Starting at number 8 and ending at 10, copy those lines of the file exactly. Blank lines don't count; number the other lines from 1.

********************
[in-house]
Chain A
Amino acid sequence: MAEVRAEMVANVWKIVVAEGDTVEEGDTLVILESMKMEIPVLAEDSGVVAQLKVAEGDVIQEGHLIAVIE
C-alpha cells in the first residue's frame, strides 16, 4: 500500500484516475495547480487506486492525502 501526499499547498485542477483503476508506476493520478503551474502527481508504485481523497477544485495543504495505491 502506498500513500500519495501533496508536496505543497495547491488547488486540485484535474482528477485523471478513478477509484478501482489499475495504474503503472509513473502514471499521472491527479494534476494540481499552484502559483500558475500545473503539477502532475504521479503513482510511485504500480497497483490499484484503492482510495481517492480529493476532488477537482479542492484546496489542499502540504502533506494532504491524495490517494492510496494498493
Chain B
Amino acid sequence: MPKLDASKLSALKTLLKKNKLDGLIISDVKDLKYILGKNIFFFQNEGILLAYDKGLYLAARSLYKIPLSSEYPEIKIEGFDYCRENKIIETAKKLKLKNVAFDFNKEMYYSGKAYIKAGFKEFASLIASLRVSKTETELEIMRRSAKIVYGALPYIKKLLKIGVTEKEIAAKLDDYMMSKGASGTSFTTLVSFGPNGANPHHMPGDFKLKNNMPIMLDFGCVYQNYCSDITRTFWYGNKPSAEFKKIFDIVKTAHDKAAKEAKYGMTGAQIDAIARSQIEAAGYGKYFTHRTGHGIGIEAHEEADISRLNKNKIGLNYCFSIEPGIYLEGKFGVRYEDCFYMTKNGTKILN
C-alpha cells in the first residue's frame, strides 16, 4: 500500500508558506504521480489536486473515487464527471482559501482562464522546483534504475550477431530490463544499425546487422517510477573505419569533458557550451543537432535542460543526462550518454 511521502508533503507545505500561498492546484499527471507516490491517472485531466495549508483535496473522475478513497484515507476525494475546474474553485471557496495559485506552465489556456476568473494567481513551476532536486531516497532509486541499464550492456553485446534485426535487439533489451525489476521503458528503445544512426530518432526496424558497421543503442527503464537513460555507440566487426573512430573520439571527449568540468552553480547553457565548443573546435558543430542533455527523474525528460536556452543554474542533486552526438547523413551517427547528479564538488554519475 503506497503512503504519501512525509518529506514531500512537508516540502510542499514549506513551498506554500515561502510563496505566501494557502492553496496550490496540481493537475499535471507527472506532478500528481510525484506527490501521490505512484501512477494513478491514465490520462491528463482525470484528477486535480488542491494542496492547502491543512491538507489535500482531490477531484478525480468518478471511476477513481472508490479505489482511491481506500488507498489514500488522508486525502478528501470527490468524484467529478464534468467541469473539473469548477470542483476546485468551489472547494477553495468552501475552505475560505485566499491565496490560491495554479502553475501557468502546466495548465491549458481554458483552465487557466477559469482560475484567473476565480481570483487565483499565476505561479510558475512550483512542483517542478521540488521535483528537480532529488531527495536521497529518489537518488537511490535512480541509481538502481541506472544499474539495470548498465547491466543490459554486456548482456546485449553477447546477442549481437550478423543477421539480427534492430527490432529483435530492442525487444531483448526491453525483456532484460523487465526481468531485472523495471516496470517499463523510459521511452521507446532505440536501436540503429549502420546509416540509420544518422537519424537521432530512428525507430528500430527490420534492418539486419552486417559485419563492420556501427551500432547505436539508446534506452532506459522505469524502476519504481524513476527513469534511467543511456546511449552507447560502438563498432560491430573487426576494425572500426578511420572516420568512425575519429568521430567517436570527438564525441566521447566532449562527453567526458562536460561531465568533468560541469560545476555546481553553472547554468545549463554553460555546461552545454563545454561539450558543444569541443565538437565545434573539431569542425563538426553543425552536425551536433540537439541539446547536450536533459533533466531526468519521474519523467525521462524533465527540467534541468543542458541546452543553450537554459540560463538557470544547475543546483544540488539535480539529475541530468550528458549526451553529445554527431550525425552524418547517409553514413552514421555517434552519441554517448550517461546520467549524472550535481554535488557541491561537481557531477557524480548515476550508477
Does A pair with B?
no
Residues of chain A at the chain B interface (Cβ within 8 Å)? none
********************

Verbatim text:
Does A pair with B?
no
Residues of chain A at the chain B interface (Cβ within 8 Å)? none